Hamline Law rising 3L Max Bunge and Zuag Kimberly Chang (J.D. ’12) finished among the top eight teams in the world at the 7th International Chamber of Commerce (ICC) International Commercial Mediation Competition in Paris in February.
The team was coached by Hamline Law professor Sharon Press and December graduate Lynn LeMoine (J.D. ’11).
The competition allowed Bunge and Chang to showcase their mediation and dispute resolution skills against the top students in the world. The five-day competition featured over 140 mock mediation sessions, based on real cross-border commercial disputes, and tested the problem-solving skills of 66 teams from 32 countries.
“It was nothing short of amazing,” Chang said. “I thought we prepared very well, but you’re just never really sure.
“It seemed like everything fell into place, and it was a lot of fun. I think preparation is key, and it helps to have a great team dynamic.”
Bunge and Change proved their team dynamic by advancing to the quarterfinal round. Hamline Law was one of only two United States teams to finish among the top eight teams, joining the eventual first-place team from South Texas College of Law. South Texas finished ahead of Bar Ilan University (Israel) in second place and FGV Sao Paulo Law School (Brazil) in third.
“It was such a big honor to represent Hamline,” Chang said. “We heard a lot about how Hamline gets invited [to the competition] every year, but once we got there … everyone we met said, ‘You’re from Hamline? Hamline usually does very well.’ We realized we had a strong reputation and big shoes to fill.”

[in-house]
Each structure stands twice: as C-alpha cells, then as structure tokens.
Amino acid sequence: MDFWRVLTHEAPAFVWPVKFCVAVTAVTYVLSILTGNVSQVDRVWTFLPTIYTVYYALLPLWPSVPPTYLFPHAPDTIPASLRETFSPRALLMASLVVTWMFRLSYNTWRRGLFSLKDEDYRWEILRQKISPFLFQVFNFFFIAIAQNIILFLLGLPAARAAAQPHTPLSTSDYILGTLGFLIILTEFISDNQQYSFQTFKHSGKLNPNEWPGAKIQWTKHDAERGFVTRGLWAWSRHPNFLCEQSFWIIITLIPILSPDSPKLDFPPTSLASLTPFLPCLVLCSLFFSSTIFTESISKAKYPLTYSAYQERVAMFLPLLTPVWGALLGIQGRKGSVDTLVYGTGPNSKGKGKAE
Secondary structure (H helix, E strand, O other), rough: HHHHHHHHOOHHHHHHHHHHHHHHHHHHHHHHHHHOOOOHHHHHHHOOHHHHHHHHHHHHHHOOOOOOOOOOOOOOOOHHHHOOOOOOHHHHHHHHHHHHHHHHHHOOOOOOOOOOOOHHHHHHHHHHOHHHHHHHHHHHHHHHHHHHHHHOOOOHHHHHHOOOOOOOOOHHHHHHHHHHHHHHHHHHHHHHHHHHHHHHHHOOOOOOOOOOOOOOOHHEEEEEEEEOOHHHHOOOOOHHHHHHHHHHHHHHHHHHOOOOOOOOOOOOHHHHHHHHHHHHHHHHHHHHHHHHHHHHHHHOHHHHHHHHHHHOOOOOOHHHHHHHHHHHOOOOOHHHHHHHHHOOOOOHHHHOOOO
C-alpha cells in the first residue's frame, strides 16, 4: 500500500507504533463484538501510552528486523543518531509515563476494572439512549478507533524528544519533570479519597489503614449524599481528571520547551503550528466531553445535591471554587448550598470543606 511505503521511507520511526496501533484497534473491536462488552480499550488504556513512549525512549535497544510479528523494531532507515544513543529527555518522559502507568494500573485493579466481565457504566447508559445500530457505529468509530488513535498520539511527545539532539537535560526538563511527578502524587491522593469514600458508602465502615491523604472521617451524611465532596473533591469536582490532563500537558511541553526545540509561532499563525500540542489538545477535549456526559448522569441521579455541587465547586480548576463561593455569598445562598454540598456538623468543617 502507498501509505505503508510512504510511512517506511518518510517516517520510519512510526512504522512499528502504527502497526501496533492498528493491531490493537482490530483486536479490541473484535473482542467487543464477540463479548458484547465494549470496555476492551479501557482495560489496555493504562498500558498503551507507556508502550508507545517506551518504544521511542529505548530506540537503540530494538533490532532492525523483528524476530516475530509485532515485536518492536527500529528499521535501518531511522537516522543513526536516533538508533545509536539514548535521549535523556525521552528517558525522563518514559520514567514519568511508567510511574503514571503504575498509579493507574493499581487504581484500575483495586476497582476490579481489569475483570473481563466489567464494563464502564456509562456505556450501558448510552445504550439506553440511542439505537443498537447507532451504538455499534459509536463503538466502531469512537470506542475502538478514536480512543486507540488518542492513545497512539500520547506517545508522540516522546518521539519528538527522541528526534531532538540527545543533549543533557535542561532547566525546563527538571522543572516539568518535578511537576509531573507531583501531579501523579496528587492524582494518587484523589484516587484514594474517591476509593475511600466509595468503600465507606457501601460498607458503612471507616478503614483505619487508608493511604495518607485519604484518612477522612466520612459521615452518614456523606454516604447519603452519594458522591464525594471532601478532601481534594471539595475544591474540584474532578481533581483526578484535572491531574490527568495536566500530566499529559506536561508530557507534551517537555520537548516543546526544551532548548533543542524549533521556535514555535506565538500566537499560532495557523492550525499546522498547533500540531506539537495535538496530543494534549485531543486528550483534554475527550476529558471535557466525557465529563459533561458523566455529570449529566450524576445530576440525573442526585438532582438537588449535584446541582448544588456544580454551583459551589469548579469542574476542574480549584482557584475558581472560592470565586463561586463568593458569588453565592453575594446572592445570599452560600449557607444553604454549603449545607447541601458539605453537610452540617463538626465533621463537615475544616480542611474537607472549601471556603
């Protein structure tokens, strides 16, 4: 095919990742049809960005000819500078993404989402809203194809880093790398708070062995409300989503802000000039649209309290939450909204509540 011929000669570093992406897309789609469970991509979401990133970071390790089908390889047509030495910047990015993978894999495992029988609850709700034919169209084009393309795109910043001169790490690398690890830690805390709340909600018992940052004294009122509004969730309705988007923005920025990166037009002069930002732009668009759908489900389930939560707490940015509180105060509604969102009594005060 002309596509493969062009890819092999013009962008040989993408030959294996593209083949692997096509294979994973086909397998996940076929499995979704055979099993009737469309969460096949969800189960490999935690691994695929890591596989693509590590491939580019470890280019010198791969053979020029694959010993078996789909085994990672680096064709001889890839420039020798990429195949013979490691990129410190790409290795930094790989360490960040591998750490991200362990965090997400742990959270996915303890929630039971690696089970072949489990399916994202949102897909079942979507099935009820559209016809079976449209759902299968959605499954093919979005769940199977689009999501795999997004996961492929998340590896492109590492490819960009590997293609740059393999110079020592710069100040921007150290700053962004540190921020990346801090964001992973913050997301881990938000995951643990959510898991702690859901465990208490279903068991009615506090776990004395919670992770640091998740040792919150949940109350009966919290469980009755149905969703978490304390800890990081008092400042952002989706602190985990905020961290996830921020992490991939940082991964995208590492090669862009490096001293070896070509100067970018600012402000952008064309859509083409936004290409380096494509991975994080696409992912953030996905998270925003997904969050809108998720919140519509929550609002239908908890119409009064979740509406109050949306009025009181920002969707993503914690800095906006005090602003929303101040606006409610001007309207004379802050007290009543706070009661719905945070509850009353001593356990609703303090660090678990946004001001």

Seven nations were represented in the quarterfinal round as Bucerius Law School (Germany), Jagiellonian University (Poland), National University of Singapore (Singapore), and University of New South Wales (Australia) joined Bar Ilan University, FGV São Paulo Law School, South Texas College of Law, and Hamline Law to make up the eight-team field.
The aim of the annual ICC competition is to train law and business students to better meet the dispute resolution needs of today’s global market, to know how and when to efficiently use mediation, and to learn how to deal with the cultural sensitivities implied in the process. It gives students an opportunity to test their problem-solving skills in international commercial cases in which they take the role of client and counsel while some of the world's leading mediators participate to help the students work towards a solution.
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